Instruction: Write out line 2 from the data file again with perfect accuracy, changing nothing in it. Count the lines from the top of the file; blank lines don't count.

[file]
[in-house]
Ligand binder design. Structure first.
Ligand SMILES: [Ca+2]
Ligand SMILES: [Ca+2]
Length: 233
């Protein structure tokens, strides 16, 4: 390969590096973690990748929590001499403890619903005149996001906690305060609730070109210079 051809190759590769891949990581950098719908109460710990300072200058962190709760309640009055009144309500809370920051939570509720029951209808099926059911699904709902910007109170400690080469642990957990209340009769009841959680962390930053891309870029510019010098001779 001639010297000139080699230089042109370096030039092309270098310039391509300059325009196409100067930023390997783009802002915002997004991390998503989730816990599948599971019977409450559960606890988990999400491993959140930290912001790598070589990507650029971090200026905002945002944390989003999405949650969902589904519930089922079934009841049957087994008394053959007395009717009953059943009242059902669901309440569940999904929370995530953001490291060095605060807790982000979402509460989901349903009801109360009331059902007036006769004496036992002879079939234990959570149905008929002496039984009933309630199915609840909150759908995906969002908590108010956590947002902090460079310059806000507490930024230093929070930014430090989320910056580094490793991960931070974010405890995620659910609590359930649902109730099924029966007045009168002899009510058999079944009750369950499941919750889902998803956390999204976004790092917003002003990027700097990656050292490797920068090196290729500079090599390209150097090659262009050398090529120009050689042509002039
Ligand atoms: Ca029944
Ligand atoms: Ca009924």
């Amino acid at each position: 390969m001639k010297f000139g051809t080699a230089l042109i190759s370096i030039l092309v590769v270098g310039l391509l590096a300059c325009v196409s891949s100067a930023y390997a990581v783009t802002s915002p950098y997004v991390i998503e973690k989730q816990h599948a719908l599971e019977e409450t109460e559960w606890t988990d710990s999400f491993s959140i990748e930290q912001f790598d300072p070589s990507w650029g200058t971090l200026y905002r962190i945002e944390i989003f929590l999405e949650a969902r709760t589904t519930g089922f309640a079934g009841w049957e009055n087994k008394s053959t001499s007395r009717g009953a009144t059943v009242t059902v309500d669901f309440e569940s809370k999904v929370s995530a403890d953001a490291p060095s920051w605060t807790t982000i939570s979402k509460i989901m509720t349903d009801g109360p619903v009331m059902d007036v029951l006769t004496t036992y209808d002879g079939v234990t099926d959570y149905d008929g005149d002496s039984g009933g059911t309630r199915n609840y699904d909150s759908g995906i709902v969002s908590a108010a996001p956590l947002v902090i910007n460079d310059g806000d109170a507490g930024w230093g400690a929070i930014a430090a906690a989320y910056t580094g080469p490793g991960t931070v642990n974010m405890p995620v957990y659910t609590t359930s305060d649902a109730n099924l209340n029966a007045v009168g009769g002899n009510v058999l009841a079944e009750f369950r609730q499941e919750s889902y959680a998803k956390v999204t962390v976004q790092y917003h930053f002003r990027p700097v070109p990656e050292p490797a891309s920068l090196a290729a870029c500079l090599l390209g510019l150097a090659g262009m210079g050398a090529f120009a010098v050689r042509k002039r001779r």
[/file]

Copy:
Ligand binder design. Structure first.